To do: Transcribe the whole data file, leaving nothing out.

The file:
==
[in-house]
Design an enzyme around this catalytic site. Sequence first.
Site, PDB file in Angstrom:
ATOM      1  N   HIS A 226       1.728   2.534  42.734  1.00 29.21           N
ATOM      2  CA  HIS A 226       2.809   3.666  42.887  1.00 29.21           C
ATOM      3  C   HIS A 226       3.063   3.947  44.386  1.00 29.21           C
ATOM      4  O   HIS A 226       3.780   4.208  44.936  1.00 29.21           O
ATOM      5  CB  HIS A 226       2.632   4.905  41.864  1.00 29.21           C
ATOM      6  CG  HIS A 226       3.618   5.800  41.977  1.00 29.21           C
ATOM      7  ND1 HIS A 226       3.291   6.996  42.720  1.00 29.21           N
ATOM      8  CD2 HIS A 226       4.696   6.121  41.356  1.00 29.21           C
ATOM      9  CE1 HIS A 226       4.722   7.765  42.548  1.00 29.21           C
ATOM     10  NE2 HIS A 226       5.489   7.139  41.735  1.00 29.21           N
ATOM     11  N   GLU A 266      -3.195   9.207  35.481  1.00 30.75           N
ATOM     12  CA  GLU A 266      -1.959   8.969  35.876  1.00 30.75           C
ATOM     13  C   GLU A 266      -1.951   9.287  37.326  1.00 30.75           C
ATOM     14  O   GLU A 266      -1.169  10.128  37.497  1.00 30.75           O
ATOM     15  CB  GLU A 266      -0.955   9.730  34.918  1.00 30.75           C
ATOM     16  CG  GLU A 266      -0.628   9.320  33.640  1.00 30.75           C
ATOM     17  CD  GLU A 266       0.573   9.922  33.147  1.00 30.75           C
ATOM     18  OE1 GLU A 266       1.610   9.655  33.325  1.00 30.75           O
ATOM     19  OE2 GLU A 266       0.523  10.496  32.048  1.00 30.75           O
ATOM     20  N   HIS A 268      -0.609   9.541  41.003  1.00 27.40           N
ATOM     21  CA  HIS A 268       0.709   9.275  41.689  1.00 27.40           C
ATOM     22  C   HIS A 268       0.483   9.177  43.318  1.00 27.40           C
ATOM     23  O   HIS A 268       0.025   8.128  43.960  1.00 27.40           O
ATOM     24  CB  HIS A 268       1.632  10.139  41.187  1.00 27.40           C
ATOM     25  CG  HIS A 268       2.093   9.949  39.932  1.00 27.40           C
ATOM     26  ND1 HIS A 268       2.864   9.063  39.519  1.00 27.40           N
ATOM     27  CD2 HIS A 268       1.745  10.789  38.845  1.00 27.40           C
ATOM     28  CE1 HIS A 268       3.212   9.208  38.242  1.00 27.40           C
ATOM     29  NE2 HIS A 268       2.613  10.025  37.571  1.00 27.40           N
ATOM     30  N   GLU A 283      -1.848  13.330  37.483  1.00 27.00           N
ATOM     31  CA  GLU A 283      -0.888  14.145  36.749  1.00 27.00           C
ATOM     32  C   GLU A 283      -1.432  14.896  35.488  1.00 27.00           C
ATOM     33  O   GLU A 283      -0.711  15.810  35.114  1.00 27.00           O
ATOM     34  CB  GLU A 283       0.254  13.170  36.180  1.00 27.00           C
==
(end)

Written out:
[in-house]
Design an enzyme around this catalytic site. Sequence first.
Site, PDB file in Angstrom:
ATOM      1  N   HIS A 226       1.728   2.534  42.734  1.00 29.21           N
ATOM      2  CA  HIS A 226       2.809   3.666  42.887  1.00 29.21           C
ATOM      3  C   HIS A 226       3.063   3.947  44.386  1.00 29.21           C
ATOM      4  O   HIS A 226       3.780   4.208  44.936  1.00 29.21           O
ATOM      5  CB  HIS A 226       2.632   4.905  41.864  1.00 29.21           C
ATOM      6  CG  HIS A 226       3.618   5.800  41.977  1.00 29.21           C
ATOM      7  ND1 HIS A 226       3.291   6.996  42.720  1.00 29.21           N
ATOM      8  CD2 HIS A 226       4.696   6.121  41.356  1.00 29.21           C
ATOM      9  CE1 HIS A 226       4.722   7.765  42.548  1.00 29.21           C
ATOM     10  NE2 HIS A 226       5.489   7.139  41.735  1.00 29.21           N
ATOM     11  N   GLU A 266      -3.195   9.207  35.481  1.00 30.75           N
ATOM     12  CA  GLU A 266      -1.959   8.969  35.876  1.00 30.75           C
ATOM     13  C   GLU A 266      -1.951   9.287  37.326  1.00 30.75           C
ATOM     14  O   GLU A 266      -1.169  10.128  37.497  1.00 30.75           O
ATOM     15  CB  GLU A 266      -0.955   9.730  34.918  1.00 30.75           C
ATOM     16  CG  GLU A 266      -0.628   9.320  33.640  1.00 30.75           C
ATOM     17  CD  GLU A 266       0.573   9.922  33.147  1.00 30.75           C
ATOM     18  OE1 GLU A 266       1.610   9.655  33.325  1.00 30.75           O
ATOM     19  OE2 GLU A 266       0.523  10.496  32.048  1.00 30.75           O
ATOM     20  N   HIS A 268      -0.609   9.541  41.003  1.00 27.40           N
ATOM     21  CA  HIS A 268       0.709   9.275  41.689  1.00 27.40           C
ATOM     22  C   HIS A 268       0.483   9.177  43.318  1.00 27.40           C
ATOM     23  O   HIS A 268       0.025   8.128  43.960  1.00 27.40           O
ATOM     24  CB  HIS A 268       1.632  10.139  41.187  1.00 27.40           C
ATOM     25  CG  HIS A 268       2.093   9.949  39.932  1.00 27.40           C
ATOM     26  ND1 HIS A 268       2.864   9.063  39.519  1.00 27.40           N
ATOM     27  CD2 HIS A 268       1.745  10.789  38.845  1.00 27.40           C
ATOM     28  CE1 HIS A 268       3.212   9.208  38.242  1.00 27.40           C
ATOM     29  NE2 HIS A 268       2.613  10.025  37.571  1.00 27.40           N
ATOM     30  N   GLU A 283      -1.848  13.330  37.483  1.00 27.00           N
ATOM     31  CA  GLU A 283      -0.888  14.145  36.749  1.00 27.00           C
ATOM     32  C   GLU A 283      -1.432  14.896  35.488  1.00 27.00           C
ATOM     33  O   GLU A 283      -0.711  15.810  35.114  1.00 27.00           O
ATOM     34  CB  GLU A 283       0.254  13.170  36.180  1.00 27.00           C